Cubans Search for Holiday Food Amid Deepening Crisis

As Belkis Fajardo, 69, walks through the dense streets of downtown Havana with a small bag of lettuce and onions in hand, she wonders how she’ll feed her family over the holidays.
Scarcity and economic turmoil are nothing new to Cuba, but Fajardo is among many Cubans to note that this year is different thanks to soaring inflation and deepening shortages.
“We’ll see what we can scrap together to cook for the end of the year,” Fajardo said. “Everything is really expensive … so you buy things little by little as you can. And if you can’t, you don’t eat.”
Basic goods such as chicken, beef, eggs, milk, flour and toilet paper are difficult and often impossible to find in state stores.
When they do appear, they often come at hefty prices, either from informal shops, resellers or in expensive stores only accessible to those with foreign currency.
It’s far out of the range of the average Cuban state salary, approximately 5,000 pesos a month, or $29 USD on the island’s more widely used informal exchange rate. Nearby, a pound of pork leg was selling for 450 pesos (around $2.60).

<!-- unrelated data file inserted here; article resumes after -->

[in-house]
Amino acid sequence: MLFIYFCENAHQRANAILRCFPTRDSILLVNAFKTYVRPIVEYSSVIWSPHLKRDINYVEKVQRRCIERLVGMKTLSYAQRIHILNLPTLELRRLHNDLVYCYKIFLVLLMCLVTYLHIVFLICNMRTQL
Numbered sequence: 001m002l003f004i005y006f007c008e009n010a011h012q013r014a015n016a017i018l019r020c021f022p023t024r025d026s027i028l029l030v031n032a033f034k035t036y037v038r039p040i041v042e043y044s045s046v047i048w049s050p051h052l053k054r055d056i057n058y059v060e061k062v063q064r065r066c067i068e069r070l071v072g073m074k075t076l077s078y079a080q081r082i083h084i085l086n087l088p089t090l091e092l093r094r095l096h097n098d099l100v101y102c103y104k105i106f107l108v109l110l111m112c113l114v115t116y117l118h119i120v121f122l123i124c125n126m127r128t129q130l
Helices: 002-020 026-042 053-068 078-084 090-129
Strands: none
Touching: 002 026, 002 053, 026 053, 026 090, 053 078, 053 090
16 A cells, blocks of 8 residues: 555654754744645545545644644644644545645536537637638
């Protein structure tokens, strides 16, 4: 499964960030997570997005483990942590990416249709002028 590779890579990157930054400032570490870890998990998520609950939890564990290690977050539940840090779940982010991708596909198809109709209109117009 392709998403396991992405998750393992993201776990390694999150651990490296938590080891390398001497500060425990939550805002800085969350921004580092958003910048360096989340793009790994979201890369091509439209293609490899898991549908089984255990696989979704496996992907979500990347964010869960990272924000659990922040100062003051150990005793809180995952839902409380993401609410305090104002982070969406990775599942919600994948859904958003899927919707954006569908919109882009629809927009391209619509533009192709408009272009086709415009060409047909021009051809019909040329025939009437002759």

“Not everyone can buy things, not everyone has a family who sends remittances (money from abroad),” Fajardo said. “With the money my daughter earns and my pension, we’re trying to buy what we can, but it’s extremely hard.”
In October, the Cuban government reported that inflation had risen 40% over the past year and had a significant impact on the purchasing power for many on the island.
While Fajardo managed to buy vegetables, rice and beans, she still has no meat for Christmas or New Year’s.
The shortages are among a number of factors stoking a broader discontent on the island, which has given rise to protests in recent years as well as an emerging migratory flight from Cuba. On Friday, U.S. authorities reported stopping Cubans 34,675 times along the Mexico border in November, up 21% from 28,848 times in October.